The agent working with the buyer needs to ensure the appraisal is turned around in a timely manner to comply with financing and appraisal contingency timelines in the contract. Sometimes, it can take forever for the appraiser to go out to the property, and it seems like it is taking longer than usual to turn the report around for whatever reason. This is where the buyer’s agent must stay on top of this process so as not to jeopardize the buyer’s escrow deposit.

13. Managing title and escrow

Considering these companies are pulling everything together for closing, it is critically important for a buyer’s agent to ensure they are communicating with the buyer to get what they need.

Buyers might question why certain information is being requested, such as their Social Security number, copy of trust documents or photo IDs. In today’s fraud-ridden environment, with suspicious emails appearing to trap unsuspecting buyers, sellers and agents into clicking a link or opening an attachment purporting to be a settlement statement, the buyer’s agent needs to help vet and verify who the providers will be in the transaction.

In addition, it is critically important for the buyer’s agent to confirm that they have the correct copy of all contract documentation and related addenda, confirm the sales price and other details, such as any seller-paid closing cost credits to the buyer, as well as make sure they are aware of any changes to the transaction as things progress, such as a price change or seller providing credits to the buyer in lieu of repairs.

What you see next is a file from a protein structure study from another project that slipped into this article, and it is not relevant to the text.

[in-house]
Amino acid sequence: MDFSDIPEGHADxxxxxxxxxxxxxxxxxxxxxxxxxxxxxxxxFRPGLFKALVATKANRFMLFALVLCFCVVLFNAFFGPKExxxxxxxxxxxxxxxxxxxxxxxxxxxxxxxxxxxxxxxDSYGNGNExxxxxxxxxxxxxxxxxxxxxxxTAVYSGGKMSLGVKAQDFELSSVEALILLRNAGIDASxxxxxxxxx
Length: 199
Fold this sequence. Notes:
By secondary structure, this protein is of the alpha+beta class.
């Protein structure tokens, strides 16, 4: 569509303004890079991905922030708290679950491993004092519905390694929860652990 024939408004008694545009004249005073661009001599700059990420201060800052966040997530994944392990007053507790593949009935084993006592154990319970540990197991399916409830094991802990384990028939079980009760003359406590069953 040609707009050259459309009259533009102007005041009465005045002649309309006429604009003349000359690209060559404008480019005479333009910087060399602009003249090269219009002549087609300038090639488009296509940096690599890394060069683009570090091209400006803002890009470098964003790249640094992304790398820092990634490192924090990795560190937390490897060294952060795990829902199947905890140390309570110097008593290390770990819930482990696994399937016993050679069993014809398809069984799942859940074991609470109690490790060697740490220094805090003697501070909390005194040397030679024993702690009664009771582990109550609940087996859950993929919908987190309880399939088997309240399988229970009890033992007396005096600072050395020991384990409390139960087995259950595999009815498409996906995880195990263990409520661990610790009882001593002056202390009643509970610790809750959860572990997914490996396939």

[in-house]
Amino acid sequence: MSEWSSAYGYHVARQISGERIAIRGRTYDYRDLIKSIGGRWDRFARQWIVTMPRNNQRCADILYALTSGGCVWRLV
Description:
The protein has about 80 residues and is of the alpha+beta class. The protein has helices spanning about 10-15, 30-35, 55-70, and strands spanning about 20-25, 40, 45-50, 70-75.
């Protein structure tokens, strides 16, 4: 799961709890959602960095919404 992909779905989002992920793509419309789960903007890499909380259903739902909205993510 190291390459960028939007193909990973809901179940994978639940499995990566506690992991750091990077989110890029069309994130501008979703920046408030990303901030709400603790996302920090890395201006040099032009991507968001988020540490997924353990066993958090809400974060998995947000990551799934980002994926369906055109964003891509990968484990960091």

14. Managing the walk-through

Any experienced real estate agent knows walkthroughs are ripe for new issues to arise. Miracles often must be worked at the 11th hour as the agent is sending photos of the evidence to the listing agent and trying to run down estimates to clean, fix or repair the damage.

With everyone’s back to the wall and the pressure on, the buyer’s agent often must figure out a way to make it right.

15. Managing the closing